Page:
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South Dakota Highway 28

South Dakota Highway 28 is a 105.937-mile state highway in the east-central South Dakota, United States, that connects Hitchcock and Toronto. SD 28 was established between 1932 and 1935, it replaced SD 26. It was incrementally extended to its current path. SD 28 begins at an intersection with U. S. Route 281 west of Hitchcock; this intersection, on the line of northwestern Beadle County and southwestern Spink County, is the eastern terminus of County Road 2. SD 28 takes 190th Street to the east, along the county line. East of 390th Avenue, it enters the northern part of Hitchcock. Just west of 391st Avenue, it leaves the city limits of Hitchcock. Between 397th and 398th avenues, it crosses over the James River; the highway intersects SD 37. Just east of 402nd Avenue, it crosses over Foster Creek. An intersection with 406th Avenue leads to Doland. An intersection with 411th Avenue leads to Yale. Between this intersection and one with 413th Avenue, Spink County ends, the highway begins to travel on the Beadle–Clark county line.

SD 28 continues to the east. An intersection with 415th Avenue leads to Carpenter. An intersection with 418th Avenue leads to Iroquois. At this intersection, the highway enters Clark County proper. Just west of 419th Avenue, it crosses over Shue Creek. West of CR 49, it crosses over Redstone Creek. Between 423rd Avenue and CR 46, the highway crosses over the creek again. East of 428th Avenue, it enters the northwestern part of Willow Lake. East of an intersection with the northern terminus of Jackson Street, SD 28 skirts along the southern part of Mud Lake. An intersection with CR 47 is signed as a "truck route". East of this intersection, it crosses over some railroad tracks of BNSF Railway and leaves the city limits of Willow Lake. East of an intersection with the southern terminus of CR 12, the highway begins a concurrency with SD 25; this intersection is the western terminus of CR 40. The two state highways travel due south for 3 miles; when SD 28 splits off, it resumes its eastward direction. This intersection is the eastern terminus of CR 38.

At an intersection with 436th Avenue, it enters the southwestern part of Hamlin County. SD 28 enters the southwestern part of Bryant. Just east of South Broadway Street, it passes the city park. An intersection with the southern terminus of South Railway Street leads to the business district. East of an intersection with the southern terminus of South William Street, the highway leaves the city limits of Bryant. Just east of 445th Avenue, it crosses over Dolph Creek. East of 449th Avenue, it intersects the southern terminus of SD 21. Just east of this intersection, SD 28 enters the northern part of Lake Norden. An intersection with the northern terminus of Burlington Street leads to the South Dakota Amateur Baseball Hall of Fame. Just east of this intersection, the highway begins a curve to the east-southeast and leaves the city limits of Lake Norden, it skirts along the southern part of the city's namesake, Lake Norden. The highway travels between Lake Norden and Lake Mary. North of Lake Mary, it curves to the east-southeast.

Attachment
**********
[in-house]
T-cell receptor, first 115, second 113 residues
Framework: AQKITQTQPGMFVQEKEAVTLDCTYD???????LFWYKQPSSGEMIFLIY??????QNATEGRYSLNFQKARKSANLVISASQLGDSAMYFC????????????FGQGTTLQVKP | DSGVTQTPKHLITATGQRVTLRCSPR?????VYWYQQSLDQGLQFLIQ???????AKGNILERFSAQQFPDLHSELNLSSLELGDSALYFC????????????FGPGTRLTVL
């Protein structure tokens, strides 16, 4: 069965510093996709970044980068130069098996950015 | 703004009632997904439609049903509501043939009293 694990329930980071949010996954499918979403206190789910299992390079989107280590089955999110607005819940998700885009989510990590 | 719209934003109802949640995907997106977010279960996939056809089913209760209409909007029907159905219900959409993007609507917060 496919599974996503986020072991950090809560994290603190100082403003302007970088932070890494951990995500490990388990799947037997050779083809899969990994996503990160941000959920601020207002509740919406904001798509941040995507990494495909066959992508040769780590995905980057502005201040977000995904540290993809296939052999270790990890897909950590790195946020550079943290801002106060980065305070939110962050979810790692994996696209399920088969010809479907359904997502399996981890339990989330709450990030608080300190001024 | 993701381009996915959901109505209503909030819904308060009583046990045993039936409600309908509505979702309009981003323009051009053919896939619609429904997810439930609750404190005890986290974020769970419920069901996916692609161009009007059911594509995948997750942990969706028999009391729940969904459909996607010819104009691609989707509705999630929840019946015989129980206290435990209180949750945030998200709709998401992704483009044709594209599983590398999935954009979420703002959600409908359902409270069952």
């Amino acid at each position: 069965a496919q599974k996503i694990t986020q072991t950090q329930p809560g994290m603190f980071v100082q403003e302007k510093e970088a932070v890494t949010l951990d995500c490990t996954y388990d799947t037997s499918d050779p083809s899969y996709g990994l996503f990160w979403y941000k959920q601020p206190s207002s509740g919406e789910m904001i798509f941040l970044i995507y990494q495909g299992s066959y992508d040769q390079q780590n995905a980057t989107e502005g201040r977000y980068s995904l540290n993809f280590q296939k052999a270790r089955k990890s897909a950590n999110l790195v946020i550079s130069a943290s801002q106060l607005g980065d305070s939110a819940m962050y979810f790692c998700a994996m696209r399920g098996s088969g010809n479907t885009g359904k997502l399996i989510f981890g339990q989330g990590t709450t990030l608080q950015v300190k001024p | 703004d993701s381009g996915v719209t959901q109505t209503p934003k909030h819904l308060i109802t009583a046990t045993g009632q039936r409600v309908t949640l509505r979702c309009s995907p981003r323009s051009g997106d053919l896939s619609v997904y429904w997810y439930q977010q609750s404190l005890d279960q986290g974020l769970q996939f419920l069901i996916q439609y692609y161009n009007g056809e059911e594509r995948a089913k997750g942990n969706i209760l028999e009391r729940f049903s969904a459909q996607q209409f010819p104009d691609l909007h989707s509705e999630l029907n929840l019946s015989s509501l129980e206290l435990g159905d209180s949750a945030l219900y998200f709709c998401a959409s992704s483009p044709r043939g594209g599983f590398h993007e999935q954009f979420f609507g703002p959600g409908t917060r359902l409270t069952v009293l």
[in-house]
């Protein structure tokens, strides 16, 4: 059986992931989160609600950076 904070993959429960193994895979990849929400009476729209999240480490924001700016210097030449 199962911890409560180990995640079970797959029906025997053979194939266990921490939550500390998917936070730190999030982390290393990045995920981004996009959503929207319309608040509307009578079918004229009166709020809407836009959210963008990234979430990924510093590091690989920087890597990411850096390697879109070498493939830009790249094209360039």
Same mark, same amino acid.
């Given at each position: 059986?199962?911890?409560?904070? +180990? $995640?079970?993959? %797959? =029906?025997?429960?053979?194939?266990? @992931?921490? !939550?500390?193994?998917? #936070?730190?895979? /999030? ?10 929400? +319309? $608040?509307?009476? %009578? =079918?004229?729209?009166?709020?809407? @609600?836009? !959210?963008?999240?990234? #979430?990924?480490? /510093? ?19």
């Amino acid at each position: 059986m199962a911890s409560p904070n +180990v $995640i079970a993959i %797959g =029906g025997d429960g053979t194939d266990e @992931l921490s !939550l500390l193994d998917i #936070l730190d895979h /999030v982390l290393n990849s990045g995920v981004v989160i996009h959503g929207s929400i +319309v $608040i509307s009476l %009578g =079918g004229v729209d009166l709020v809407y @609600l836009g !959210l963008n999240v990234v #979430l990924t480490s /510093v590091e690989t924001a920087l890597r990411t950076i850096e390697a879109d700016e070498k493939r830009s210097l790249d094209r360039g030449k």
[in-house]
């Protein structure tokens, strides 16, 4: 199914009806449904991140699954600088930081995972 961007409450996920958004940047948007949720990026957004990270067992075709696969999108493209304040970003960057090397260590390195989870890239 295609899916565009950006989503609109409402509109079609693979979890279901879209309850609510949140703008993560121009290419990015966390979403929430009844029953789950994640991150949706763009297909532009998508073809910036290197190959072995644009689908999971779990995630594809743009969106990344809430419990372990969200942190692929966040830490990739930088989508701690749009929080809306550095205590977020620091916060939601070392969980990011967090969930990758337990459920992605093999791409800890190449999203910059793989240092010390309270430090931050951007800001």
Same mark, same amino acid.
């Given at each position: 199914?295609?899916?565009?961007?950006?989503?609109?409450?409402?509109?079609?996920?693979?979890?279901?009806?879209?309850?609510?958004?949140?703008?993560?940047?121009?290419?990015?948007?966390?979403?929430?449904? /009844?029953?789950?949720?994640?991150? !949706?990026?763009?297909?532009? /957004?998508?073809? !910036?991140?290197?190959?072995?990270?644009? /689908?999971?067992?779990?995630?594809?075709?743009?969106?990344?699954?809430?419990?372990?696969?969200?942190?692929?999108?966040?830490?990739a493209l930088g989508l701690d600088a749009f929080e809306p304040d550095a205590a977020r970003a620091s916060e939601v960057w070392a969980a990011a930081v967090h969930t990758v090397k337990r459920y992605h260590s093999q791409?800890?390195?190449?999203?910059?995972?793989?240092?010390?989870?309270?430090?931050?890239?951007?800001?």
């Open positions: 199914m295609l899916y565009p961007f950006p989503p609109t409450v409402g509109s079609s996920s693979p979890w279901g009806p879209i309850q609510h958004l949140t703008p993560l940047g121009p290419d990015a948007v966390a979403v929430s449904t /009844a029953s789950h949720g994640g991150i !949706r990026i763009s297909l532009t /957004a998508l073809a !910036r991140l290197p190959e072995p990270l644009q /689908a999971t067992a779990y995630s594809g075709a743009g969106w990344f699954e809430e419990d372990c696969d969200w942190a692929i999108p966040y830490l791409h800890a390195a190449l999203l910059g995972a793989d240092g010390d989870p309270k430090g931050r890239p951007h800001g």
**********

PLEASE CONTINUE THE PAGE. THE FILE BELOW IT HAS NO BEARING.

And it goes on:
Just east of 452nd Avenue, the highway curves back to the east. East of 453rd Avenue, it intersects US 81; the two highways travel concurrently to the north for 1 mile, while the roadway continues to the east as 193rd Street. At an intersection with 192nd Street, the two highways split. SD 28 takes 192nd Street to the east. Just west of 456th Avenue, the highway curves to the east-northeast. East of this intersection, it intersects NW Lake Drive, which leads to the Saaraners Beach Lake Access. Just east of this intersection, it curves to the east-southeast and begins to travel between Lake Poinsett and Dry Lake, it crosses over the northern part of Lake Poinsett. The highway curves to the east-southeast. East of 458th Avenue, it curves to the southeast. Just north of 193rd Street, it curves to the south, it curves to the east-southeast. Just west of 460th Avenue, it curves to the east-northeast. Just east of 461st Avenue, it curves back to the east-southeast. Between 462nd and 463rd avenues, it curves to the east-northeast again.

Just west of 464th Avenue, it crosses over the Big Sioux River and curves to a nearly due-east direction. Just east of Sorenson Road, it passes a sewage disposal pond and enters the west-central part of Estelline. An intersection with 6th Street leads to Estelline Elementary & High School. East of Eastwood Drive, the highway leaves the city limits of Estelline. At an intersection with 466th Avenue, it enters the southwestern part of Deuel County. Between an intersection with the southern terminus of CR 518 and one with 468th Avenue, SD 28 crosses over Munky Run. Just east of 472nd Avenue, it has an interchange with Interstate 29. East of 475th Avenue, it intersects the southern terminus of SD 15. Between 477th Avenue and CR 315, the highway travels through central parts of Toronto. East of CR 11, the highway reaches its eastern terminus, it ends at the Minnesota state line. Here, the roadway continues to the east as Minnesota State Highway 271; the only part of SD 28, included as part of the National Highway System, a system of routes determined to be the most important for the nation's economy

Blind Al